Forensic scientist Gil Grissom (William Petersen) works the graveyard shift in Las Vegas, where his seasoned Crime Scene Investigation unit can “re-create what happened without ever having been there.” Or as co-worker and single mother Catherine Willows (Marg Helgenberger) observes, “We’re kids being paid to solve a puzzle,” whether it involves a suspicious home invasion or a “trick roll,” which is slang for a hooker robbing a john. Jim Brass (Paul Guilfoyle) is a brittle boss whose team includes two young turks (George Eads and Gary Dourdan) eager to advance by solving their 100th crime. Jorja Fox (“The West Wing”) plays another member of the unit. “We restore peace of mind,” says Grissom, and they do it with the sort of gallows humor you might expect from a late-night crew.
First Impressions: Television hasn’t glorified this kind of laborious legwork since “Quincy” mothballed his microscope. It produced a nice run for Jack Klugman, but executive producer Jerry Bruckheimer (“Coyote Ugly”) may find longevity harder to come by. Look for “Dateline NBC” to lead the way as the bridge between “Providence” and “Law & Order: Special Victims Unit.”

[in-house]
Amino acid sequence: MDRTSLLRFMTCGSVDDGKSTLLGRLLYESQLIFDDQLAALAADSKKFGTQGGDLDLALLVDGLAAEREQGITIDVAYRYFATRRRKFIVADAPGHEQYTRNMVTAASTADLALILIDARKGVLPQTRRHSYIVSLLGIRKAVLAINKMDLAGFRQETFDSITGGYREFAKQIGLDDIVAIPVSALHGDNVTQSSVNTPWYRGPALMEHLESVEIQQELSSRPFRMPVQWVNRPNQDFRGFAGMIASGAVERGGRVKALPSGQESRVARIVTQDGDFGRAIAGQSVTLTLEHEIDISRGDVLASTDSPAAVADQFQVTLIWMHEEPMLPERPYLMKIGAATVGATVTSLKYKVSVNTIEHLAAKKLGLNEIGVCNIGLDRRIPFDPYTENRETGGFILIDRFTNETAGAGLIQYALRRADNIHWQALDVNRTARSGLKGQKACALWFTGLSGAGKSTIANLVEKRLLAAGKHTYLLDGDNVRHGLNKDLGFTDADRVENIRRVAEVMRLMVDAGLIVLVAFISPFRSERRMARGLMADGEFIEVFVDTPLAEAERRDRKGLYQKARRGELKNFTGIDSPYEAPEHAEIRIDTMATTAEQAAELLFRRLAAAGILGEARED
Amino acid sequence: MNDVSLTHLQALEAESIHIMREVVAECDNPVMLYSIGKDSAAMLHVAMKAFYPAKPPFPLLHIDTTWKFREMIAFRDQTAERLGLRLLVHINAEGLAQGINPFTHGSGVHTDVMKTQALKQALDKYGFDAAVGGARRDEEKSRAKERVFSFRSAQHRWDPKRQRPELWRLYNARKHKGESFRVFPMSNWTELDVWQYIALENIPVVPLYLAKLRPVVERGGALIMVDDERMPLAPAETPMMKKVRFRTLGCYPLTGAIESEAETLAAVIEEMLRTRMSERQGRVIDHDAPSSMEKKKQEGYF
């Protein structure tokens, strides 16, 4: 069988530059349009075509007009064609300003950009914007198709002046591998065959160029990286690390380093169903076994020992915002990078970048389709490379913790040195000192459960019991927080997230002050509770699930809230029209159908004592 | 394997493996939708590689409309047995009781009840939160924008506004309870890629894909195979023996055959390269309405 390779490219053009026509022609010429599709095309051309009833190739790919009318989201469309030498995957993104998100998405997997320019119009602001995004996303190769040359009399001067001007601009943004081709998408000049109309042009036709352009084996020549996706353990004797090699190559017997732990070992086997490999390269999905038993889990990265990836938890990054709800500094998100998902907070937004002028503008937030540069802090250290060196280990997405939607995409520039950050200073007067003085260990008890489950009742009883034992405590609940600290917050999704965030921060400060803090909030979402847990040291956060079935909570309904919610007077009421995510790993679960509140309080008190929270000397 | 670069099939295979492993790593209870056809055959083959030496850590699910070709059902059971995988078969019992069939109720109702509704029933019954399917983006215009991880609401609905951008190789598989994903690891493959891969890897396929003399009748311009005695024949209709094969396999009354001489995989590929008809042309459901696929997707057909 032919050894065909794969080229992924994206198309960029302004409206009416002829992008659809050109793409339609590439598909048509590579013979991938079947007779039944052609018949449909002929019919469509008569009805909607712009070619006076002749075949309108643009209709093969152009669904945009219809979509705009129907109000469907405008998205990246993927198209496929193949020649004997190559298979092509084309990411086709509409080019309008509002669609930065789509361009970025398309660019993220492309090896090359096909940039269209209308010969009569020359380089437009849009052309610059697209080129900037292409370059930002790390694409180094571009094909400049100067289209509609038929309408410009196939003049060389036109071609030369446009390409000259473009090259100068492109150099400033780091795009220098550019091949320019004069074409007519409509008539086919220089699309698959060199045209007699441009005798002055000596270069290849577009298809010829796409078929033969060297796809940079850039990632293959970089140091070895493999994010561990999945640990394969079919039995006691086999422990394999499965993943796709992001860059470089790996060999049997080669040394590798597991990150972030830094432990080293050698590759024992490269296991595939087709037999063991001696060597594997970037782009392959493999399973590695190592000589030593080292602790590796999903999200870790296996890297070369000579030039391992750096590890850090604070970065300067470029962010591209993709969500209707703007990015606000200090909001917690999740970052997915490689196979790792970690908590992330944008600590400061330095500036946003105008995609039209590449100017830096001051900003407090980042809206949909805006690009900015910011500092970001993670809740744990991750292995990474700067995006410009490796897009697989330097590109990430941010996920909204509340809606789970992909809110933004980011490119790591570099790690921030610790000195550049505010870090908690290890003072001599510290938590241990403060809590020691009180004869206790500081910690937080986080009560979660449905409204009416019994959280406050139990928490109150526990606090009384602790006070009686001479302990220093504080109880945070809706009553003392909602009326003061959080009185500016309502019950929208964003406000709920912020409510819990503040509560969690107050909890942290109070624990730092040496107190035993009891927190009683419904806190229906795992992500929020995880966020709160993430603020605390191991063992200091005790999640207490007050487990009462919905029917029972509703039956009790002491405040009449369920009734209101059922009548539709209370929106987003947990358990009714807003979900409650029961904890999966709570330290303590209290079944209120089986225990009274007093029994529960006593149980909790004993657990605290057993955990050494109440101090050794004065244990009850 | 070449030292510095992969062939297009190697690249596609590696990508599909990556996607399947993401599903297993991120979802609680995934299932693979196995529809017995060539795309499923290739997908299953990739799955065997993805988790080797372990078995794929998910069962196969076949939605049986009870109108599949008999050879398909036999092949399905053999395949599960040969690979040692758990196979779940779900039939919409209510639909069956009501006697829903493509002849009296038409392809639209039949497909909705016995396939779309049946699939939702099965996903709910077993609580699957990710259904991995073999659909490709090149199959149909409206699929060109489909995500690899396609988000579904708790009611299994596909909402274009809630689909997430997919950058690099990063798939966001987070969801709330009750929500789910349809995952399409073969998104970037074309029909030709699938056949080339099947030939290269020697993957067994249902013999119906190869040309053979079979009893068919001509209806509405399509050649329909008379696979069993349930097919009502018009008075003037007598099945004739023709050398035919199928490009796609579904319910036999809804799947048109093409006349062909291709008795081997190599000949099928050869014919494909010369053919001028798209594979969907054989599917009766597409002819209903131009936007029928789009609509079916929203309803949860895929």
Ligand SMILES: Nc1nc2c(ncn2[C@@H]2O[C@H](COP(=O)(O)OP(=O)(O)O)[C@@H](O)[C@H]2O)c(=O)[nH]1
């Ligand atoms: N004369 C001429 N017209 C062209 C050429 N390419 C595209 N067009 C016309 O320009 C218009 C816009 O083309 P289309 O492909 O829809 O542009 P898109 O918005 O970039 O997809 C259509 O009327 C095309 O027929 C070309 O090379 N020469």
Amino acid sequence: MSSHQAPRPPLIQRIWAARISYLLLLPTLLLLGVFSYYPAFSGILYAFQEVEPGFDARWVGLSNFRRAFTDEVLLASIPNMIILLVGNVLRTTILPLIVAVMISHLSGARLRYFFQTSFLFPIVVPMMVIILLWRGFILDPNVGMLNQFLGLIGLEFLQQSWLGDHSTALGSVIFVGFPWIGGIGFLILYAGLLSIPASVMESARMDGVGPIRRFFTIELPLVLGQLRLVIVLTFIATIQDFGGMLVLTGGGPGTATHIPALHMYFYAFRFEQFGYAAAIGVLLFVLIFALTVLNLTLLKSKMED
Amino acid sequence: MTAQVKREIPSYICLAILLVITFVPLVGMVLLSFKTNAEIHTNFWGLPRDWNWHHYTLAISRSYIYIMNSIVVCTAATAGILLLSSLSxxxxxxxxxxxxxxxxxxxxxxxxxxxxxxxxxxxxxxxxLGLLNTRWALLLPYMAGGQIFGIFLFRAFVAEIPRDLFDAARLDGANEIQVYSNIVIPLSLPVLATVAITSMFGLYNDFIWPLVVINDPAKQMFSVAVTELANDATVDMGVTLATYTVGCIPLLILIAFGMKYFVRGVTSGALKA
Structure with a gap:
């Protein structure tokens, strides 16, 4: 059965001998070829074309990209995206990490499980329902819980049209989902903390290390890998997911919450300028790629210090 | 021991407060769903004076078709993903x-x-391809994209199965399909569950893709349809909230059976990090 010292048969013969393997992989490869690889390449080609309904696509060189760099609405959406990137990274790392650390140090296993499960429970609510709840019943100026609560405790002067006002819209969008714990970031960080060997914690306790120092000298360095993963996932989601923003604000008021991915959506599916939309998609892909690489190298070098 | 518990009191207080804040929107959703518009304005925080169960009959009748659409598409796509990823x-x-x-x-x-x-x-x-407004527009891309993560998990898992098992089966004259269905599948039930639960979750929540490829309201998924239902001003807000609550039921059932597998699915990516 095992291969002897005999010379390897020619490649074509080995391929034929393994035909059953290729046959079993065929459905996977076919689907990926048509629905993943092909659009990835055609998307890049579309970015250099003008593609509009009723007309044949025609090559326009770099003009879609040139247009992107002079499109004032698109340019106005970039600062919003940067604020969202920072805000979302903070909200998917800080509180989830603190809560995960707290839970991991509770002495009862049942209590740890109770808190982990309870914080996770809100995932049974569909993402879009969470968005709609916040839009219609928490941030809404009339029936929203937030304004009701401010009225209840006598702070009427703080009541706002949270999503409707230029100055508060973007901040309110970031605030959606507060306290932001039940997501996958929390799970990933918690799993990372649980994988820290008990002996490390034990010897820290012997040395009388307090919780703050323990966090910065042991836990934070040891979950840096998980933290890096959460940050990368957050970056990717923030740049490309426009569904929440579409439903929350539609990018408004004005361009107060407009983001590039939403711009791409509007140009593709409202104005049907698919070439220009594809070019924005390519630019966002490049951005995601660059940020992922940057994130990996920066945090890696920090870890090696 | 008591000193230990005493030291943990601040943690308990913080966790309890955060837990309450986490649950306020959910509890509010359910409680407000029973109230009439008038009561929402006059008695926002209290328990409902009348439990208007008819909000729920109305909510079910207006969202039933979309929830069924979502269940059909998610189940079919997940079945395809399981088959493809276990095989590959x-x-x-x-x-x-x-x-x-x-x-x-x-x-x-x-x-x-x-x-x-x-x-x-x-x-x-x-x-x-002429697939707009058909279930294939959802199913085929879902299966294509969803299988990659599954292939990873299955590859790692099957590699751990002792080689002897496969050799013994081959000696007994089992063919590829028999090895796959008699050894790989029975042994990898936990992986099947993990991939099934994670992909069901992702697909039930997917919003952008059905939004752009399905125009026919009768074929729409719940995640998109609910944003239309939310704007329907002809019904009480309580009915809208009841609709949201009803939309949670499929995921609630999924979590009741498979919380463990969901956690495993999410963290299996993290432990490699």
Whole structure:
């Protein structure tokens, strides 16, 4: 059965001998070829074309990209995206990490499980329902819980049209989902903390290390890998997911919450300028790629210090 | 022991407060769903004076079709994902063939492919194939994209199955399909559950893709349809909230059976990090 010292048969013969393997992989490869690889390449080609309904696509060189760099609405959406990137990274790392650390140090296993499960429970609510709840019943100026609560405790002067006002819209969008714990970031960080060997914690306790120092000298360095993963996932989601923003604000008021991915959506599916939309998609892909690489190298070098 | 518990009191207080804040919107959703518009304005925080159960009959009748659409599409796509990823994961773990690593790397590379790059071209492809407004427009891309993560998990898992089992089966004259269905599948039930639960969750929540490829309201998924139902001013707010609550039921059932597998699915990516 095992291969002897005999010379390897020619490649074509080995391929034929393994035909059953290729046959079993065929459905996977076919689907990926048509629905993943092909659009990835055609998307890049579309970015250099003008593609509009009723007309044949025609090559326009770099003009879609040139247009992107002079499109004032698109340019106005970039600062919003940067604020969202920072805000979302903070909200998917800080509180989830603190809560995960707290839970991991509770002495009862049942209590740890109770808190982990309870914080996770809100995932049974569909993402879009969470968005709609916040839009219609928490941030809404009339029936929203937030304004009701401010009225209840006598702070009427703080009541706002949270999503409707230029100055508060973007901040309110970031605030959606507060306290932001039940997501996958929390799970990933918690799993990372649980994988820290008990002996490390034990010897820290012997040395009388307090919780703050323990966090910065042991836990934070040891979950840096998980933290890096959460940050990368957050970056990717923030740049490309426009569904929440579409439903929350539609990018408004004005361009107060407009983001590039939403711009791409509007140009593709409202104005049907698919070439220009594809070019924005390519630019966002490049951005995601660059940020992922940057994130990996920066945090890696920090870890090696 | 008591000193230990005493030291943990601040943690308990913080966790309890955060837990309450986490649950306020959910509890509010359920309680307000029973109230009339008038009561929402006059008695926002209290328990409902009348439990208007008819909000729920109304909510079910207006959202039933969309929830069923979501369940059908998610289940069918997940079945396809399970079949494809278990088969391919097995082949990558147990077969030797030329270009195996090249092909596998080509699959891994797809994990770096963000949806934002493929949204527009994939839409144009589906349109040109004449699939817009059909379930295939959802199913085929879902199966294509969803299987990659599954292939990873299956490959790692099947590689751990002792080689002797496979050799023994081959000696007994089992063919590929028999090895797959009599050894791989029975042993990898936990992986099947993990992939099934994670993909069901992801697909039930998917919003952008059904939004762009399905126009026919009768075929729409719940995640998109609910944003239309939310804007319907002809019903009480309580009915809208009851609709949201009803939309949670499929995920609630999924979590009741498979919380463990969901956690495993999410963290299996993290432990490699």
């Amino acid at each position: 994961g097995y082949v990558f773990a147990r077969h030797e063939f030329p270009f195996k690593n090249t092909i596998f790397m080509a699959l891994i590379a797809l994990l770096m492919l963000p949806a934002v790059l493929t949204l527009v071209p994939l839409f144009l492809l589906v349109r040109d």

9 p.m. Fox
“The Blair Witch Project” meets “Tales of the Unexpected” in a supernatural show tying stories to the Internet. Wide-eyed, often perplexed Derek Barnes (Ethan Embry) runs an occult Web site designed to help others “find answers in a world overflowing with questions.” The paramount question for Derek surrounds his twin brother, who died two years earlier. Or did he? If not, who was that dead guy in the bathtub? And what’s up with Vince (Dennis Christopher), a creepy, grizzled mystery man who knows more than he’s telling.
First Impressions: Originally titled “Fearsum,” this would-be fright fest recently was shifted from 8 p.m. to create a slot for “Police Videos,” a reality show that Fox perceives as a compatible lead-in. As a result, it now will compete for teens alongside the WB’s “Popular.” Freaky, eh?
9 p.m. UPN
Premieres Oct. 27
When high-tech crimes are committed, an elite, “rapid-response” strike force of surveillance experts steps into the fray. In the pilot, their prey is an elusive assassin eliminating informants protected by the witness protection program. FBI agent Anne Price (Kate Hodge), a Fed “obsessed with this stuff,” leads the team made up of unconventional experts drawn from every federal law enforcement agency and the cyber underground.
First Impressions: There’s no chance this violent action drama from producer John Sacret Young can rise to the soaring level of his splendid Vietnam War saga “China Beach.” A racially diverse cast is a plus, but crisper characterizations and better scripts should be a priority.